1952 - present
Colin Chapman, Engineering Genius
Compared with the other motoring icons
listed in the “Heritage” pages of the Unique Cars and Parts
web site, the story of Lotus is a comparatively
recent one, and owes its existence more than any other
to one man.
The late Colin Chapman
was one of the greatest
innovators of motorcar design, beginning his career
by designing and building specials based on the ubiquitous
Austin Seven. His motoring prowess would see him eventually
rise to control a Grand-Prix racing team, among many
The first 'Lotus' car was in the English winter of
1947 - 1948, while Chapman was still studying for his
engineering degree at London University. He continued
to construct other “trial” specials for
competition work, all built to comply with the regulations
of the 750 Motor Club.
These cars were extremely successful,
and Chapman was approached by other enthusiasts to construct
similar vehicles for them. It seemed his hobby had the
makings of becoming a successful business, and so, with
the aid of £25 loaned to him by his girl friend
Hazel (whom he later married), Chapman set about taking
orders and constructing cars for his new clients.
Lotus Enter Production
The first 'production' Lotus was the Mark 6, the first
of many similarly styled cars featuring a multi-tube
space frame chassis enclosing both the engine and transmission,
and incorporating soft independent front suspension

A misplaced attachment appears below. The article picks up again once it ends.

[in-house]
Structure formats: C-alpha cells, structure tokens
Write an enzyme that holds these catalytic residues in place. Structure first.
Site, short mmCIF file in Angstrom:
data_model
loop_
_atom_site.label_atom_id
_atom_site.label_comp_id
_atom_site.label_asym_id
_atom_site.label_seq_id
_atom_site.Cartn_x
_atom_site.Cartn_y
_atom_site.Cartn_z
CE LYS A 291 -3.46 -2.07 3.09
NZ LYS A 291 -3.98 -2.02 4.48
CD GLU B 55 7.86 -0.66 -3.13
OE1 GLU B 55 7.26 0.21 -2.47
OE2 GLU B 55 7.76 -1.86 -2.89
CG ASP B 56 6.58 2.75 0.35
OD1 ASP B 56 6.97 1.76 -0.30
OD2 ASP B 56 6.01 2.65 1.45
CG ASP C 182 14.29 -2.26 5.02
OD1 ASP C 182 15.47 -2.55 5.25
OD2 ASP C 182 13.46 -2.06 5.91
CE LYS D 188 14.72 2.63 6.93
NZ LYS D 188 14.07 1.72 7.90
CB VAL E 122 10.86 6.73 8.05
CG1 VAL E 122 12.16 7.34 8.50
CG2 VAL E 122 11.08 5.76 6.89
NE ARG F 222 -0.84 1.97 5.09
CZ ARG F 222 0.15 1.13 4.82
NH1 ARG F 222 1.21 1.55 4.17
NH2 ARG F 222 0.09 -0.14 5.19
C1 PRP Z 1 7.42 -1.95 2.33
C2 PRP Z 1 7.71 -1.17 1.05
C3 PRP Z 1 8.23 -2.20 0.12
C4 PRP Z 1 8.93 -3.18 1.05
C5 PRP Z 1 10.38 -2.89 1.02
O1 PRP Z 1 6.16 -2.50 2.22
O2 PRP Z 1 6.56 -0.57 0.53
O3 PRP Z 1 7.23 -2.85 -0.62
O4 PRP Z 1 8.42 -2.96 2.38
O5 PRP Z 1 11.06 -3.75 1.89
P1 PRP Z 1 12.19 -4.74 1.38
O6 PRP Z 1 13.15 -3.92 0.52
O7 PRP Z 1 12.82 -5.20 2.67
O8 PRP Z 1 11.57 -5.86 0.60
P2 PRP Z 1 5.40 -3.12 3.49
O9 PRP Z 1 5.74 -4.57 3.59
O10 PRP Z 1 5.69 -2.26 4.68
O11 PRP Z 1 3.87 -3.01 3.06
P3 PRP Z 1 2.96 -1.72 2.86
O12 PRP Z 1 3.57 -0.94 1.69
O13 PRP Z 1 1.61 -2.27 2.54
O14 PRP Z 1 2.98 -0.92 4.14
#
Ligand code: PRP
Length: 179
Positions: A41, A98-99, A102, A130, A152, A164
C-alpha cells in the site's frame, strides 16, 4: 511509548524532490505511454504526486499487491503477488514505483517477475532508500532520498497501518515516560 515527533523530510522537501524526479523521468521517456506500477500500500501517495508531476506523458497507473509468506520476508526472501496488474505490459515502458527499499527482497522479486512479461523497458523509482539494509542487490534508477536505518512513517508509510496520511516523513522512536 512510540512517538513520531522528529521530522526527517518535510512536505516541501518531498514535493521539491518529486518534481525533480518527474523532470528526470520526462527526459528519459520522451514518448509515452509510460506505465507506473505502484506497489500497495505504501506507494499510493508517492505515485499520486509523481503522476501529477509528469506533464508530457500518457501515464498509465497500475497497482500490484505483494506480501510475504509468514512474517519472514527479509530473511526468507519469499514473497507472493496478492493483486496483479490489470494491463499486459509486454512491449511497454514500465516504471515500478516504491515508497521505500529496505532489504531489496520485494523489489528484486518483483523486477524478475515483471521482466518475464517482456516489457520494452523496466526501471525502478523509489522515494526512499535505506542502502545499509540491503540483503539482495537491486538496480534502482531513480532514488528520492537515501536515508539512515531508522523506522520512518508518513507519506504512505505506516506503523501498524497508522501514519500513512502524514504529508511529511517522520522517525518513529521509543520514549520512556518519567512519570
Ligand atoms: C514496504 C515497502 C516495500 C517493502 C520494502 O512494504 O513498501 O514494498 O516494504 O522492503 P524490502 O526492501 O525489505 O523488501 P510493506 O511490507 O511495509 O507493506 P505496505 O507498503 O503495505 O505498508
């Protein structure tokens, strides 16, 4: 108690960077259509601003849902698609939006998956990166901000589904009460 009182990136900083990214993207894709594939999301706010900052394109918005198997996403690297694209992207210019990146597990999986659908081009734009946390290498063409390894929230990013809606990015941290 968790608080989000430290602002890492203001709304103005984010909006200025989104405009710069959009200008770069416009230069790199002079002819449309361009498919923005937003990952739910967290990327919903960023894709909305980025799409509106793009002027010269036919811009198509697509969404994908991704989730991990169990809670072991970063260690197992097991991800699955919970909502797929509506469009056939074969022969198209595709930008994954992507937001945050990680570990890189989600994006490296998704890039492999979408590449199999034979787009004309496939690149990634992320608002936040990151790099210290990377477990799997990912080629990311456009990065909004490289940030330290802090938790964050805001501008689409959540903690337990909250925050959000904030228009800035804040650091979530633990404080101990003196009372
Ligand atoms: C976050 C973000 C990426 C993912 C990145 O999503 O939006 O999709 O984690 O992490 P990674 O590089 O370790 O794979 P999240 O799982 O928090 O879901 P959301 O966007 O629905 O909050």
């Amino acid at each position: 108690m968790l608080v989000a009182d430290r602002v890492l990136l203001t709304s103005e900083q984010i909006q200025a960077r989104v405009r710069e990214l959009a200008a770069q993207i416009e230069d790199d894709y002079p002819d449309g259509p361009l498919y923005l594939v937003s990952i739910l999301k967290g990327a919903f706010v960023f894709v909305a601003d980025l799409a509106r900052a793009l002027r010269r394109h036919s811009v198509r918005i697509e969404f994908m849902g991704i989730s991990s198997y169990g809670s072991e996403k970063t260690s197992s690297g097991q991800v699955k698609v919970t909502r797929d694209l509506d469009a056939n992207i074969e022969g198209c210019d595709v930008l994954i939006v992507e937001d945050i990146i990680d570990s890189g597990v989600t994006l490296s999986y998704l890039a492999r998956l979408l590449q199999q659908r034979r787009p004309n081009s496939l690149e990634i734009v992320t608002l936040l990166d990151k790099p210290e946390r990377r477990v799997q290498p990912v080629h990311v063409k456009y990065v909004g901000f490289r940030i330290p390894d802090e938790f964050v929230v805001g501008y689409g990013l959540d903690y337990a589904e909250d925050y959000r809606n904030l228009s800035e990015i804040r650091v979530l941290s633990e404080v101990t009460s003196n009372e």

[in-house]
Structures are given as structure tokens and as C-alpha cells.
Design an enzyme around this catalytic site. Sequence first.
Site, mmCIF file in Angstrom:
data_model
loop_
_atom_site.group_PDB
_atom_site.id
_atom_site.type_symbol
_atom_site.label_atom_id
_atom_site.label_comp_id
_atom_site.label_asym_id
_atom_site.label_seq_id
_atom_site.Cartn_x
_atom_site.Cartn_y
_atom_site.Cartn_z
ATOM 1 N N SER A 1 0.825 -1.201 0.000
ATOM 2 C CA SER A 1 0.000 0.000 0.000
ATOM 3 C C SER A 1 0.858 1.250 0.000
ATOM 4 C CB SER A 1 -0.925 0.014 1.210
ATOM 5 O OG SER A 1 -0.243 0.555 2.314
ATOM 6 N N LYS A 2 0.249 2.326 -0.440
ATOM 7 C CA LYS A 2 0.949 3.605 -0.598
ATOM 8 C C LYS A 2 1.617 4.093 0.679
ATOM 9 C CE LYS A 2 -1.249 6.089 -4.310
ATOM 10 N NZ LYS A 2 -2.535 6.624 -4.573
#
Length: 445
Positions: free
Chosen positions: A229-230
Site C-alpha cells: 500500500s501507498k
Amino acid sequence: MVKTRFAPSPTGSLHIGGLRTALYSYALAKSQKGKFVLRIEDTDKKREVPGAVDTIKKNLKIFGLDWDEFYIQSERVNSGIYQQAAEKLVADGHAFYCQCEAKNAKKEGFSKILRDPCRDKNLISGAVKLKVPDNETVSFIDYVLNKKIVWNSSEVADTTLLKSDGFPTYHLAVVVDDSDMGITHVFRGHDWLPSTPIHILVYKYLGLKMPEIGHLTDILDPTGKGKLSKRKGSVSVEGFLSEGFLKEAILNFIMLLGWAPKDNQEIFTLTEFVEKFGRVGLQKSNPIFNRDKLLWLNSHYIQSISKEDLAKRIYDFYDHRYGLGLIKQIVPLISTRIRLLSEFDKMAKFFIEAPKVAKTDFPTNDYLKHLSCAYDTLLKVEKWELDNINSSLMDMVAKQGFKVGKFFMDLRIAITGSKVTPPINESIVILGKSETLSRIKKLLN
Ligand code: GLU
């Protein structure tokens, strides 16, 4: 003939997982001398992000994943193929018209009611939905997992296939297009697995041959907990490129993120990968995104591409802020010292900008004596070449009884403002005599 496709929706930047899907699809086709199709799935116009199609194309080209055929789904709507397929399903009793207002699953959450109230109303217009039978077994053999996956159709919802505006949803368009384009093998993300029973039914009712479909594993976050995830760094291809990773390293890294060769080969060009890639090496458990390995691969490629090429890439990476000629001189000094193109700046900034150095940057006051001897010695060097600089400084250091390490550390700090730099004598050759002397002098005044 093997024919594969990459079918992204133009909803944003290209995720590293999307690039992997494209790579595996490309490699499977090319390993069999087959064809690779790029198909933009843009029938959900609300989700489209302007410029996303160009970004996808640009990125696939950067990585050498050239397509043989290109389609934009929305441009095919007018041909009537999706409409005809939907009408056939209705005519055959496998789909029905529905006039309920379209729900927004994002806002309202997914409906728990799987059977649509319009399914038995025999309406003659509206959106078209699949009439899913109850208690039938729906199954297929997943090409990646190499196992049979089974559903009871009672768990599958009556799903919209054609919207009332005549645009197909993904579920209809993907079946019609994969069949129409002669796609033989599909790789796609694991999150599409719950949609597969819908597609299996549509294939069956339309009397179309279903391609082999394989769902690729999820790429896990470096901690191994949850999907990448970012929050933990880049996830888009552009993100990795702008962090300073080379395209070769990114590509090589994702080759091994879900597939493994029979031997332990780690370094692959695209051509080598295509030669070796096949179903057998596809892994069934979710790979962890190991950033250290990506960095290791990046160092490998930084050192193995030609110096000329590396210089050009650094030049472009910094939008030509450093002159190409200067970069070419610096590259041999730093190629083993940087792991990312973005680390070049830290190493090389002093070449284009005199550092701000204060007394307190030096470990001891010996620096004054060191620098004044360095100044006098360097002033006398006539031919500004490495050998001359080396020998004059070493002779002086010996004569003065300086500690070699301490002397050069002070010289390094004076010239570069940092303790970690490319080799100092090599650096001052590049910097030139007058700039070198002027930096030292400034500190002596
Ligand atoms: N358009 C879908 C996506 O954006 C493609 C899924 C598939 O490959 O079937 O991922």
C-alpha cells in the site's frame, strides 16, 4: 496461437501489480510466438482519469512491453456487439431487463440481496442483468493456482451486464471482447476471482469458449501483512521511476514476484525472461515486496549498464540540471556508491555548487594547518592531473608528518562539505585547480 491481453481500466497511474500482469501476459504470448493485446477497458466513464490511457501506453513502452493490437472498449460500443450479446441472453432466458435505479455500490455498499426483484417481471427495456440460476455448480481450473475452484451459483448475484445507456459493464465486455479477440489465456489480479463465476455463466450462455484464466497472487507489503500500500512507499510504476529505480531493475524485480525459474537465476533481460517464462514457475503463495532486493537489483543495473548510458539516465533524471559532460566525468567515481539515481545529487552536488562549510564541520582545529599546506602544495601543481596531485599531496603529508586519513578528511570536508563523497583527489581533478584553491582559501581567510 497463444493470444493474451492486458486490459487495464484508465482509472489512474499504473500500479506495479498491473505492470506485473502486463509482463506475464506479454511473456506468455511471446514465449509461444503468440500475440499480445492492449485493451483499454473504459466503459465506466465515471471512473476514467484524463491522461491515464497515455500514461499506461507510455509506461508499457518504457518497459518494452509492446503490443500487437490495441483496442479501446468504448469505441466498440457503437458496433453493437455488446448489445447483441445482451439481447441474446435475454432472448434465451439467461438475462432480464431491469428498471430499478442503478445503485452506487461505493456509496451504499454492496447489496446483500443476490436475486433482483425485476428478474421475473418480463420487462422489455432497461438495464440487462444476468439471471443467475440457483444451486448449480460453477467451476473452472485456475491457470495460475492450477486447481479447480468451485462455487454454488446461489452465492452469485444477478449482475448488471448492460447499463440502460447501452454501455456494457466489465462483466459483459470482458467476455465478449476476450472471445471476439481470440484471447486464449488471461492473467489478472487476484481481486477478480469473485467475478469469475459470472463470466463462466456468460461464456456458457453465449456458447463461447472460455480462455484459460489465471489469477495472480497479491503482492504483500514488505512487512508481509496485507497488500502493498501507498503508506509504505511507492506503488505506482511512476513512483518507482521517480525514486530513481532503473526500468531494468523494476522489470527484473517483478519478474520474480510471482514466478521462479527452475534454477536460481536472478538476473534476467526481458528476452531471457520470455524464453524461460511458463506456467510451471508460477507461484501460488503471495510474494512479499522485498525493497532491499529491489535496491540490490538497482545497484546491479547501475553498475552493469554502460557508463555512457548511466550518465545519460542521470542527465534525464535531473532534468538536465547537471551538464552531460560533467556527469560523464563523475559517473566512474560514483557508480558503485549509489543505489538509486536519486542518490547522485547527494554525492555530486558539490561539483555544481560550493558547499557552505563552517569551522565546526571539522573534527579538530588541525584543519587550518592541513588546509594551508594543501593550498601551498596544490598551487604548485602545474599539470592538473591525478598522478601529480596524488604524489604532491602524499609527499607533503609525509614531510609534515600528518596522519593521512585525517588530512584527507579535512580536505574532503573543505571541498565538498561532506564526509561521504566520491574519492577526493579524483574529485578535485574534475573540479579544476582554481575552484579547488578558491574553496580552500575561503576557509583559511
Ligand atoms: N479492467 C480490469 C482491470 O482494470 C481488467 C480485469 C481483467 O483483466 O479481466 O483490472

– all adding up to an extremely light weight.
And it was in regards to weight that Chapman became
a devotee, adopting the philosophy that “no item
should be in any way superfluous, or over-strong, for
this simply added unnecessary weight to the machine”.
This philosophy is still very much at the core of production
principles applied to modern day Lotuses.
This basic frame was clothed by stressed aluminium body
panels, and the assembly weighed just 90lb! At first
all Lotuses were 'kit' cars, necessitating that the
customer complete assembly works on their own. And,
like so many English cars, the Mk 6 used many parts
sourced from other manufacturers, in this case Ford
supplying the back axle and cable-operated Girling brakes,
while the Consul derived 1.5 litre engine underwent
modification at the factory to ensure a more sporting
Lotus Switch From Ford To MG Engines
But soon the Consul engine was replaced by the MG TD
and TF engines, these variants providing the extra power
output required to ensure circuit success for the Lotus.
By the time 1955 rolled around, some 100 Mk. 6’s
had been build, many proving to be highly successful
and competent race cars. It was somewhat fortuitist that Mike Costin was working
for Chapman at the time. When Costin informed Chapman
that his brother Frank was an aerodynamicist
very quickly seconded into working for Lotus and helping
Chapman develop and refine a series of aerodynamically
two-seaters with all-enveloping bodywork
an attempt to elicit even better top end performance.